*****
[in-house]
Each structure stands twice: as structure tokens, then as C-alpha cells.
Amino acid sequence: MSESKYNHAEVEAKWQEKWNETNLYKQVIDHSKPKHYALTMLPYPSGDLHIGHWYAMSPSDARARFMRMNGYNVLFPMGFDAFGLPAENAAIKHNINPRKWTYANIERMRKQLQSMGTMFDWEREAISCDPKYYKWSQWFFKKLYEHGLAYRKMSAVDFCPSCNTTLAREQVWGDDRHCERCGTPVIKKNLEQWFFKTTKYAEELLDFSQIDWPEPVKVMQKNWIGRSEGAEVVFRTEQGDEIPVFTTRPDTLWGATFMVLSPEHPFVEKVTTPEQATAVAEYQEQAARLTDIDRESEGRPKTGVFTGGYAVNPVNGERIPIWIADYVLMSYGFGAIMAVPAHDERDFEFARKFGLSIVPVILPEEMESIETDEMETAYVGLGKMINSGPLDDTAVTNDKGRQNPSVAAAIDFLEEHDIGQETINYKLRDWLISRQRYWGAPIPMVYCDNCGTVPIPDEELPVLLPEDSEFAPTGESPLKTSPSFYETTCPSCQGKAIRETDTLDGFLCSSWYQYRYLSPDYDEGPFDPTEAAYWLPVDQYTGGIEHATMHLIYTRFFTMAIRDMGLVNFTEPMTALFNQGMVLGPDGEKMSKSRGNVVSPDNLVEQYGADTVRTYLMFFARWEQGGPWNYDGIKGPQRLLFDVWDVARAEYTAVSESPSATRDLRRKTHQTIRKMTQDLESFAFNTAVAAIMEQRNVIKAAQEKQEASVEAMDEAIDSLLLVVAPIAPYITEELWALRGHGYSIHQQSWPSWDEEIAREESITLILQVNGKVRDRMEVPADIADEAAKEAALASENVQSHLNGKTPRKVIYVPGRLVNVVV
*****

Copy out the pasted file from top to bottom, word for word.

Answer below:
[in-house]
Each structure stands twice: as structure tokens, then as C-alpha cells.
Amino acid sequence: MSESKYNHAEVEAKWQEKWNETNLYKQVIDHSKPKHYALTMLPYPSGDLHIGHWYAMSPSDARARFMRMNGYNVLFPMGFDAFGLPAENAAIKHNINPRKWTYANIERMRKQLQSMGTMFDWEREAISCDPKYYKWSQWFFKKLYEHGLAYRKMSAVDFCPSCNTTLAREQVWGDDRHCERCGTPVIKKNLEQWFFKTTKYAEELLDFSQIDWPEPVKVMQKNWIGRSEGAEVVFRTEQGDEIPVFTTRPDTLWGATFMVLSPEHPFVEKVTTPEQATAVAEYQEQAARLTDIDRESEGRPKTGVFTGGYAVNPVNGERIPIWIADYVLMSYGFGAIMAVPAHDERDFEFARKFGLSIVPVILPEEMESIETDEMETAYVGLGKMINSGPLDDTAVTNDKGRQNPSVAAAIDFLEEHDIGQETINYKLRDWLISRQRYWGAPIPMVYCDNCGTVPIPDEELPVLLPEDSEFAPTGESPLKTSPSFYETTCPSCQGKAIRETDTLDGFLCSSWYQYRYLSPDYDEGPFDPTEAAYWLPVDQYTGGIEHATMHLIYTRFFTMAIRDMGLVNFTEPMTALFNQGMVLGPDGEKMSKSRGNVVSPDNLVEQYGADTVRTYLMFFARWEQGGPWNYDGIKGPQRLLFDVWDVARAEYTAVSESPSATRDLRRKTHQTIRKMTQDLESFAFNTAVAAIMEQRNVIKAAQEKQEASVEAMDEAIDSLLLVVAPIAPYITEELWALRGHGYSIHQQSWPSWDEEIAREESITLILQVNGKVRDRMEVPADIADEAAKEAALASENVQSHLNGKTPRKVIYVPGRLVNVVV